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Snowbird is probably not the first word that comes to mind when describing Herod the Great. But it fits. This Christmas king enjoyed his escape from the cold. Pictured here is his winter palace on the banks of the Wadi Qelt in Jericho, Palestine. Only foundations have survived 2,000 years of history. It is enough to give us a sense of a colonnaded portico and a Roman-style bath: the perfect place to warm old bones.

We stopped at this Lower Jordan Valley site earlier today. The sky was spitting rain in Jericho and Jerusalem. Just in case you are wondering, it was fifteen degrees warmer in Jericho.


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I’m in Israel-Palestine right now with a group from Chantilly, Virginia. So far we have enjoyed a few good rains in Galilee. No complaints here. Temperatures are on the cool side as we circle the region. The winter has started; but so has the season of renewal.

Consider this your invitation to participate in a trip of adventure and renewal. For a complete list of travel opportunities, see our 2019 schedule here. Contact me at markziese@gmail.com if interested.

Camel kiss

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The famous "kissing camel" from Tell es-Sultan (ancient Jericho) is at it again. This time he got Sonia!

Of course, there are many other reasons to visit Tell es-Sultan. The archaeological remains and biblical connections are fantastic. The fruit is always tasty. The coffee is a knockout. Tax-free shopping is a plus. And the kebab is a memory-maker.

Photograph by Bible Land Explorer Rachel Waldstein.


Dr. Mark Ziese, Dean of the School of Bible and Theology at Johnson University, manages the website Bible Land Explorer and teaches regularly in the Biblical heartland. You are invited to join Mark and Vicki for a Mediterranean Cruise aboard the Celebrity Reflection in October, 2018. See the link here for details.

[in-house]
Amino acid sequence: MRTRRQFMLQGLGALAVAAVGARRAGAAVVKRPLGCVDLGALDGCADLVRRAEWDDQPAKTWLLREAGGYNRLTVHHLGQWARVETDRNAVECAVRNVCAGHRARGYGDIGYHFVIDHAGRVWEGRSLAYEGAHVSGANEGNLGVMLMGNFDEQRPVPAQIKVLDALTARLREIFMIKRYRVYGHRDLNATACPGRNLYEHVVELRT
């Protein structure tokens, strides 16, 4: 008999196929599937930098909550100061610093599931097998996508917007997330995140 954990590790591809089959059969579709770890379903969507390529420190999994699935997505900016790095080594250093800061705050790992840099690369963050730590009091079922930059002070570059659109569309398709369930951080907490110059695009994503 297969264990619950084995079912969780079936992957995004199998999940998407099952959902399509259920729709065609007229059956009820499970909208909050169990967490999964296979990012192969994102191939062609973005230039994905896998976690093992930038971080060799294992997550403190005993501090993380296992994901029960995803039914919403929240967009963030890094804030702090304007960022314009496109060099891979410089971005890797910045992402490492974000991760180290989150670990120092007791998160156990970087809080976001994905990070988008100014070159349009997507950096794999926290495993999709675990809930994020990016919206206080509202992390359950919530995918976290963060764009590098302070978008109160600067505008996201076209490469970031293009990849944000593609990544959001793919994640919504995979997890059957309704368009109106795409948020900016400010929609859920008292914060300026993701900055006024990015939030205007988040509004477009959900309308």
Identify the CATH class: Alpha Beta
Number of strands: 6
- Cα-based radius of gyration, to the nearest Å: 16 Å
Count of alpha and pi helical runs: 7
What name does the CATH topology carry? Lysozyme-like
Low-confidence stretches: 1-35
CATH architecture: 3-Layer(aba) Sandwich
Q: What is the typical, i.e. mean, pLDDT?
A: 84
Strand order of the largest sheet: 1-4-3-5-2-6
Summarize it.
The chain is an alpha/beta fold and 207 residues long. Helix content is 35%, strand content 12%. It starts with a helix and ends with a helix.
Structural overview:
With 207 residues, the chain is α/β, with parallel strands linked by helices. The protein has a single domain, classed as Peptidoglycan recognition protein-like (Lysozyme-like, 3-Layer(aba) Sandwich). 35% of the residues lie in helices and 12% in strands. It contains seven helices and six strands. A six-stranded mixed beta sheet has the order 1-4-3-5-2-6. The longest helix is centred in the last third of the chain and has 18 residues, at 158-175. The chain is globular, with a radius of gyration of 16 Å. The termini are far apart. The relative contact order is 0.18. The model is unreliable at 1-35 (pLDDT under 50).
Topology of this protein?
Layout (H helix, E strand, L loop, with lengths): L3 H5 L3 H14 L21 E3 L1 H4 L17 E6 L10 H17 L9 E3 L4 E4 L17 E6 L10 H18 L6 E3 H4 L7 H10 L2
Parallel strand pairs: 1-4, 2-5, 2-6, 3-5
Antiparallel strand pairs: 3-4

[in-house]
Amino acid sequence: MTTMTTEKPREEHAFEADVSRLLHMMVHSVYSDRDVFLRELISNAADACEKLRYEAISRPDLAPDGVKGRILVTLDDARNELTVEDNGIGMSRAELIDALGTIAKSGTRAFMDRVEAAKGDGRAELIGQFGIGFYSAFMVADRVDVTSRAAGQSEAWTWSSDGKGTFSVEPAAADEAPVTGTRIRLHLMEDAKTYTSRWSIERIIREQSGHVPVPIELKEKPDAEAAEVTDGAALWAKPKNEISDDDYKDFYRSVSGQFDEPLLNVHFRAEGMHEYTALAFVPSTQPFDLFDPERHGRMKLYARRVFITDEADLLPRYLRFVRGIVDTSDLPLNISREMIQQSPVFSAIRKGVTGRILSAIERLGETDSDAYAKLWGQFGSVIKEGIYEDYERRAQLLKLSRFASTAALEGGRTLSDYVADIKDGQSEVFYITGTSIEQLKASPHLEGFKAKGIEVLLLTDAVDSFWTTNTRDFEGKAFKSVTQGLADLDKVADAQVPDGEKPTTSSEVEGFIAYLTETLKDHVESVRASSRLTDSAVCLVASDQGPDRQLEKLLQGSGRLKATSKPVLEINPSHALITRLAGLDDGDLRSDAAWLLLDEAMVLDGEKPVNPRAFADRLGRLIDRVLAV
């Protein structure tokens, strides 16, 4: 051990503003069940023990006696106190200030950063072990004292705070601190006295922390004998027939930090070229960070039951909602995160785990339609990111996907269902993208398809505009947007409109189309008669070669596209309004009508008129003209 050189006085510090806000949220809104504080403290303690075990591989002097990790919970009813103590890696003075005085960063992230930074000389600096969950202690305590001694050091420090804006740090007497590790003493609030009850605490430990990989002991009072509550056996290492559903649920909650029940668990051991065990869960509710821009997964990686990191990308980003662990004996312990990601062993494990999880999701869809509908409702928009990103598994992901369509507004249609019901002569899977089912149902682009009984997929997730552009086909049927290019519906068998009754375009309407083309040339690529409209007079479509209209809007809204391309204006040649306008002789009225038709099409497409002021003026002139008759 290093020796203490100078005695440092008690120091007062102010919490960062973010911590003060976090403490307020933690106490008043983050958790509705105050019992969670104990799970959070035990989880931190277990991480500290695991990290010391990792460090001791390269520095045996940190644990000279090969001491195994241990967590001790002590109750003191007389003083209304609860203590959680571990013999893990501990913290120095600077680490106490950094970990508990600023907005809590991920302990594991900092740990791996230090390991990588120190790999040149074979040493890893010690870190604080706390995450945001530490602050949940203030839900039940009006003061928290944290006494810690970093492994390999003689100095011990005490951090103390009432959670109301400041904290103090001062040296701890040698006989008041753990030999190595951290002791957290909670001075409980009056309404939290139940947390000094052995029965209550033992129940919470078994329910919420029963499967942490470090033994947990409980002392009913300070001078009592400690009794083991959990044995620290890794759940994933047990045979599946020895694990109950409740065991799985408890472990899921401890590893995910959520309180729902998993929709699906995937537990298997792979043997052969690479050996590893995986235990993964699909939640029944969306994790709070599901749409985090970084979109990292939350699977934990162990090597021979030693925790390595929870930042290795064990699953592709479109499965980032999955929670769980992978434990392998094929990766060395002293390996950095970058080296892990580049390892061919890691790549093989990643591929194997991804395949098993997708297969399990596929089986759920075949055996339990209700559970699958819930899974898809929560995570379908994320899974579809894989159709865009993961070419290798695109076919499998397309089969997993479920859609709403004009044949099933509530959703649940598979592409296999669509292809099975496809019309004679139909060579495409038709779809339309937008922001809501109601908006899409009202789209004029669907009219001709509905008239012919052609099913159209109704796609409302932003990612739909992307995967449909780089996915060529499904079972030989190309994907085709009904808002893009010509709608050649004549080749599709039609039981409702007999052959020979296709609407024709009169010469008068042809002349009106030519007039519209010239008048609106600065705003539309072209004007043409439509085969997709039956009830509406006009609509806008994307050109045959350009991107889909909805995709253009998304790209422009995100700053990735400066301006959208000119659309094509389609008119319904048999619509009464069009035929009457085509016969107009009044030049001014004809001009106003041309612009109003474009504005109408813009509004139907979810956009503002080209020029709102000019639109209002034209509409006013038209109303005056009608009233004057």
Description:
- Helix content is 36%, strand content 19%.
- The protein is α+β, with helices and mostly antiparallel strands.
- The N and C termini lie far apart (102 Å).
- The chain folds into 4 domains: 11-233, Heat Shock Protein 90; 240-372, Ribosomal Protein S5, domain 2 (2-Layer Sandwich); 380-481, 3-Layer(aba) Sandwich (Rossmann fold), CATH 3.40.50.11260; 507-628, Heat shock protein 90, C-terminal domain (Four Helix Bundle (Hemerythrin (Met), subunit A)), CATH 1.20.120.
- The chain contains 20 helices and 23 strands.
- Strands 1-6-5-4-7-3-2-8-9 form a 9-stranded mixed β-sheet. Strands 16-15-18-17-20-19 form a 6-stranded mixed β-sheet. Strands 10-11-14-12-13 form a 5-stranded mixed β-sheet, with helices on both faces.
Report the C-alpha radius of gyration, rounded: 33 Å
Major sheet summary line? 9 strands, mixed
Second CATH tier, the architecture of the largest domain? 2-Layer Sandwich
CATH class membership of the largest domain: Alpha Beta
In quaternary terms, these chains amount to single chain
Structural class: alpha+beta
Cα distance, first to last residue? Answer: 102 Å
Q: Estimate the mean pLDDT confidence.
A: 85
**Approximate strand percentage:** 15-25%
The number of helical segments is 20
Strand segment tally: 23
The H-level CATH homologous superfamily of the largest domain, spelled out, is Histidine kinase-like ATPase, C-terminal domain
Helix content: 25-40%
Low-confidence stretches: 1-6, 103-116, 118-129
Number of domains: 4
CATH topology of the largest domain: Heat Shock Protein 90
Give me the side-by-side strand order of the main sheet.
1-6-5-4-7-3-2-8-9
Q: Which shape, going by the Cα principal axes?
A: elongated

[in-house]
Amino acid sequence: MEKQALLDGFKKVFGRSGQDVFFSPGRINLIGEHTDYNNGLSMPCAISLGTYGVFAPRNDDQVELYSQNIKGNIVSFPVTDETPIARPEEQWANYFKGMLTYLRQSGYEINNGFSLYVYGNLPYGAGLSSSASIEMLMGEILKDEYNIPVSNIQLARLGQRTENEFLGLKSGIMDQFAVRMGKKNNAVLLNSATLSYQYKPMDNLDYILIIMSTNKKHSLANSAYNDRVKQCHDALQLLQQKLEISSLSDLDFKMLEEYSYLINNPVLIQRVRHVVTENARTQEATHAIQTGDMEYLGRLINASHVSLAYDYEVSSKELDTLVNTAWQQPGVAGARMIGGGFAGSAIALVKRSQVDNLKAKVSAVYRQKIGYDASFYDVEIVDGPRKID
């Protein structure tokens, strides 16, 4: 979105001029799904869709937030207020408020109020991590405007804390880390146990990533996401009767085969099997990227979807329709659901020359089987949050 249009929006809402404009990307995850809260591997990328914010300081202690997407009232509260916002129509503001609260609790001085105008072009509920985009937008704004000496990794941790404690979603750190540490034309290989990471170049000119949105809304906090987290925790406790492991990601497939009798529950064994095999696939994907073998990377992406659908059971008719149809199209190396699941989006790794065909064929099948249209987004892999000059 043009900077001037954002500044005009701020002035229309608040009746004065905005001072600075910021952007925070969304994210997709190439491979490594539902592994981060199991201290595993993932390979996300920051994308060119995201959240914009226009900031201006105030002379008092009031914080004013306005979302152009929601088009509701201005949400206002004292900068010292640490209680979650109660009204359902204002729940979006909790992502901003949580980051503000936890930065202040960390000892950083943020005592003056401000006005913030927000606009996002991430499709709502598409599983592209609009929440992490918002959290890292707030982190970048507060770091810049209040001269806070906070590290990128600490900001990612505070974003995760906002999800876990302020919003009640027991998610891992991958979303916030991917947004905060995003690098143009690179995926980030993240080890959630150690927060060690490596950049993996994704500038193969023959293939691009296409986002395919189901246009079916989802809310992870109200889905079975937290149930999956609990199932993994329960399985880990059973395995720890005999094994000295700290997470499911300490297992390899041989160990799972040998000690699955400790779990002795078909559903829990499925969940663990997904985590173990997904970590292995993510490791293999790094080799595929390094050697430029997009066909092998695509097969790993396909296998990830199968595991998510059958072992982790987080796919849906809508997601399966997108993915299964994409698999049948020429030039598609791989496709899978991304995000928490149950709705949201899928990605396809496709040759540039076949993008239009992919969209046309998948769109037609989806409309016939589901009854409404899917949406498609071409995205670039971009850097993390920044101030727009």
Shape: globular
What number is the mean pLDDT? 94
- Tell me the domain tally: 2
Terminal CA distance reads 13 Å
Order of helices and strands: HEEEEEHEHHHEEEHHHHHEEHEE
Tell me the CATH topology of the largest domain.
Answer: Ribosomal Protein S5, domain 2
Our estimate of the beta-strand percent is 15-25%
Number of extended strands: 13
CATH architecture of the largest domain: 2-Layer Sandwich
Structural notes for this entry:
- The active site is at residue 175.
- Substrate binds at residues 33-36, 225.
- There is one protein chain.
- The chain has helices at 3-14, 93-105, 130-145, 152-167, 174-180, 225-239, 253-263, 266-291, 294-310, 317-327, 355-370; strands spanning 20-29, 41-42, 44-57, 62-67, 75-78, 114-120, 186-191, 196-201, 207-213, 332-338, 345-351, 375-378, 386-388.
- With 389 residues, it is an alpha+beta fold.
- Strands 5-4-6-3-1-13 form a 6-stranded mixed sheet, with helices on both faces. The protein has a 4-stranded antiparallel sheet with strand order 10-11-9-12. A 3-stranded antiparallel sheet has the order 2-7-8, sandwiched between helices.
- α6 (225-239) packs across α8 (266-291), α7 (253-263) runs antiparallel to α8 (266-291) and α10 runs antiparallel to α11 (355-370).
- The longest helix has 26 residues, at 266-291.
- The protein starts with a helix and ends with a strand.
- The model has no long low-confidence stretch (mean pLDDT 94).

Elijah's view before takeoff

The Jordan River snakes along the floor of the valley. It carries moisture to vegetation that can tolerate sweltering heat and salty soil. 

Stuff in the Bible that no one told you about

Colorful fruit dangle from this date palm tree (Phoenix dactylifera). Dates have been a staple for food and fuel for the imagination in Bible Lands for thousands of years. This tree in this photograph is growing in the Palestinian oasis of Jericho, a place nicknamed "the city of date-palms" (Deut 34:3).

A vocabulary family for this species is found in the Hebrew Bible. It includes tamar, a personal name and the general word for a date-palm tree. 'Eskol or sansinnah suggests fruit or a fruit-cluster. A kippah may refer to a palm frond.

My mind drifts back to a snippet from that romantic poem hidden deep in the Old Testament, The Song of Songs (or as we call it in the classroom, "The Very Best Song"!).

Mah yaphit umah-na'amt 'ahavah bta'anugim; Zot komatek damtah l'tamar, veshadayik l'ashkoloth; 'Amarti e'eleh v'tamar 'ohazah b'sansinnav.

"What beauty and how pleasant, O Love for delights! You tower like a palm tree, your breasts are clusters. I say, 'Let me climb up the palm tree and seize its fruit!'" (Song 7:7-8).

ahem.

To learn more about the archaeobotany of the date palm, see Margareta Tengberg's article on "Fruit Growing" in Vol. 1 of A Companion to the Archaeology of the Ancient Near East. D.T. Potts, ed. (Wiley-Blackwell, 2012): 181-200.

 

A bird's eye view

The cable car ascent to the Monastery of the Temptation (Deir al-Quruntal) passes over the southern end of Tell es-Sultan. Associated with Old Testament Jericho, the western edge of this surprisingly small tell is lined with trees. Kathleen Kenyon's West Trench (just to the left of the "bridge" looking structure in the center of the picture) is visible. The buildings of modern Jericho stretch to the north and east.